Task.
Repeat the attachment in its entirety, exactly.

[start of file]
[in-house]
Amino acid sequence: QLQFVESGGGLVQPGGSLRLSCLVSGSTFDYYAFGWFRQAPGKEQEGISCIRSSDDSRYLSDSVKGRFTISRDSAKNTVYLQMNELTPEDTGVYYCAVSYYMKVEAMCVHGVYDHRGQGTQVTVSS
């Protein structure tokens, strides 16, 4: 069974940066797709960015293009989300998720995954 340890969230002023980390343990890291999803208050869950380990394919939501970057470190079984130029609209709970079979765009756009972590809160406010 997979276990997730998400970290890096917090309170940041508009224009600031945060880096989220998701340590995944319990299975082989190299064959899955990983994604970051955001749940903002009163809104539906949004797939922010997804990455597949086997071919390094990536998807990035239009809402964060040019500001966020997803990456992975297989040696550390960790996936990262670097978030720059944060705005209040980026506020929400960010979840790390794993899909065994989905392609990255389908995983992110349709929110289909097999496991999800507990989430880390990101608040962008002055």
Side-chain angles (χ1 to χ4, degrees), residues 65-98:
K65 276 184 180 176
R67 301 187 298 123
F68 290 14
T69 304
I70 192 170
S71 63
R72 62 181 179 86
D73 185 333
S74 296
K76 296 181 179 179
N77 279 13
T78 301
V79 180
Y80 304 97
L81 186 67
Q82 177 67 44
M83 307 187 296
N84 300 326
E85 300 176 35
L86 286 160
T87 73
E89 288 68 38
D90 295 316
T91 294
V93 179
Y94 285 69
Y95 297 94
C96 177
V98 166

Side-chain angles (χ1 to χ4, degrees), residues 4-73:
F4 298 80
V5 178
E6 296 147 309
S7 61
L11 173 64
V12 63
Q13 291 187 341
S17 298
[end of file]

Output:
[in-house]
Amino acid sequence: QLQFVESGGGLVQPGGSLRLSCLVSGSTFDYYAFGWFRQAPGKEQEGISCIRSSDDSRYLSDSVKGRFTISRDSAKNTVYLQMNELTPEDTGVYYCAVSYYMKVEAMCVHGVYDHRGQGTQVTVSS
């Protein structure tokens, strides 16, 4: 069974940066797709960015293009989300998720995954 340890969230002023980390343990890291999803208050869950380990394919939501970057470190079984130029609209709970079979765009756009972590809160406010 997979276990997730998400970290890096917090309170940041508009224009600031945060880096989220998701340590995944319990299975082989190299064959899955990983994604970051955001749940903002009163809104539906949004797939922010997804990455597949086997071919390094990536998807990035239009809402964060040019500001966020997803990456992975297989040696550390960790996936990262670097978030720059944060705005209040980026506020929400960010979840790390794993899909065994989905392609990255389908995983992110349709929110289909097999496991999800507990989430880390990101608040962008002055």
Side-chain angles (χ1 to χ4, degrees), residues 65-98:
K65 276 184 180 176
R67 301 187 298 123
F68 290 14
T69 304
I70 192 170
S71 63
R72 62 181 179 86
D73 185 333
S74 296
K76 296 181 179 179
N77 279 13
T78 301
V79 180
Y80 304 97
L81 186 67
Q82 177 67 44
M83 307 187 296
N84 300 326
E85 300 176 35
L86 286 160
T87 73
E89 288 68 38
D90 295 316
T91 294
V93 179
Y94 285 69
Y95 297 94
C96 177
V98 166

Side-chain angles (χ1 to χ4, degrees), residues 4-73:
F4 298 80
V5 178
E6 296 147 309
S7 61
L11 173 64
V12 63
Q13 291 187 341
S17 298